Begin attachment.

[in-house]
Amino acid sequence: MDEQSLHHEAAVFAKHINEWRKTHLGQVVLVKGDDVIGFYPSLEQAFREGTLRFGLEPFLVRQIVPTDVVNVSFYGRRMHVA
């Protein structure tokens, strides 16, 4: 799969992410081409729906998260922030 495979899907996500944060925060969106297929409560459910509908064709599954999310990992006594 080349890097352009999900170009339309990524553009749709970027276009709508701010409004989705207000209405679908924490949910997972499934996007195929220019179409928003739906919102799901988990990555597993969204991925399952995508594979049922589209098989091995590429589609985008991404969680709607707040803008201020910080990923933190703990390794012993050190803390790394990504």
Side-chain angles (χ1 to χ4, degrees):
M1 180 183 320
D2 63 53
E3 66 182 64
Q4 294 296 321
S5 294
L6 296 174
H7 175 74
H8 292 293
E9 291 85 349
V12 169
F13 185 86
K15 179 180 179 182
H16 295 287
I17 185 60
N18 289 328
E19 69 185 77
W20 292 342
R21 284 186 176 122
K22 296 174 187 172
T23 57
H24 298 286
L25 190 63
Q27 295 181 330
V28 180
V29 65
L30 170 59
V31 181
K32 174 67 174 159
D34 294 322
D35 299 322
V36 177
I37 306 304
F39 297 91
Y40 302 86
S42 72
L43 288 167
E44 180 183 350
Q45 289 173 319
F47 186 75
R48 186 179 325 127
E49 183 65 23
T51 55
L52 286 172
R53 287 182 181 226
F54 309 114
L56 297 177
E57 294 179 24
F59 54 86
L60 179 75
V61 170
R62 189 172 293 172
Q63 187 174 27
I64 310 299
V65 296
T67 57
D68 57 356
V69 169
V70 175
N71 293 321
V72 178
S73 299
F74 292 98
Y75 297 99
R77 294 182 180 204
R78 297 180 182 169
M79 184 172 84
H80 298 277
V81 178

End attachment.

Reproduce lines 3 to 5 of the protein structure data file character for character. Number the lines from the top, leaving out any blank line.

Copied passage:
């Protein structure tokens, strides 16, 4: 799969992410081409729906998260922030 495979899907996500944060925060969106297929409560459910509908064709599954999310990992006594 080349890097352009999900170009339309990524553009749709970027276009709508701010409004989705207000209405679908924490949910997972499934996007195929220019179409928003739906919102799901988990990555597993969204991925399952995508594979049922589209098989091995590429589609985008991404969680709607707040803008201020910080990923933190703990390794012993050190803390790394990504």
Side-chain angles (χ1 to χ4, degrees):
M1 180 183 320